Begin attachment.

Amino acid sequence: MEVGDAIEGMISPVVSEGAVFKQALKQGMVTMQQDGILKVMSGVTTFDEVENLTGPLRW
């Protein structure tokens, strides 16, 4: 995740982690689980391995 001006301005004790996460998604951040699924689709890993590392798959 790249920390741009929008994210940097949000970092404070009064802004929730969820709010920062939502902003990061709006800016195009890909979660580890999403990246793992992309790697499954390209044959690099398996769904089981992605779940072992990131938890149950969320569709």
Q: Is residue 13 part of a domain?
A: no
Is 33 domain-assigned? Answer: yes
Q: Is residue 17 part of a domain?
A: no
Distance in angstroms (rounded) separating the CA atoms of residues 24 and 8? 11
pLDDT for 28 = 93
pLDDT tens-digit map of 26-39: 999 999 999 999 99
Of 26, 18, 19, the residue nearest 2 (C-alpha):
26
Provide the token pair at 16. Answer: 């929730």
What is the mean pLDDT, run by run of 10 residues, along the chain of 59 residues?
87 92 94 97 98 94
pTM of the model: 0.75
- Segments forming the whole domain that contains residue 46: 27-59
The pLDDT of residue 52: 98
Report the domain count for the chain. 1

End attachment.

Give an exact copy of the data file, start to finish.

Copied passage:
Amino acid sequence: MEVGDAIEGMISPVVSEGAVFKQALKQGMVTMQQDGILKVMSGVTTFDEVENLTGPLRW
């Protein structure tokens, strides 16, 4: 995740982690689980391995 001006301005004790996460998604951040699924689709890993590392798959 790249920390741009929008994210940097949000970092404070009064802004929730969820709010920062939502902003990061709006800016195009890909979660580890999403990246793992992309790697499954390209044959690099398996769904089981992605779940072992990131938890149950969320569709």
Q: Is residue 13 part of a domain?
A: no
Is 33 domain-assigned? Answer: yes
Q: Is residue 17 part of a domain?
A: no
Distance in angstroms (rounded) separating the CA atoms of residues 24 and 8? 11
pLDDT for 28 = 93
pLDDT tens-digit map of 26-39: 999 999 999 999 99
Of 26, 18, 19, the residue nearest 2 (C-alpha):
26
Provide the token pair at 16. Answer: 């929730």
What is the mean pLDDT, run by run of 10 residues, along the chain of 59 residues?
87 92 94 97 98 94
pTM of the model: 0.75
- Segments forming the whole domain that contains residue 46: 27-59
The pLDDT of residue 52: 98
Report the domain count for the chain. 1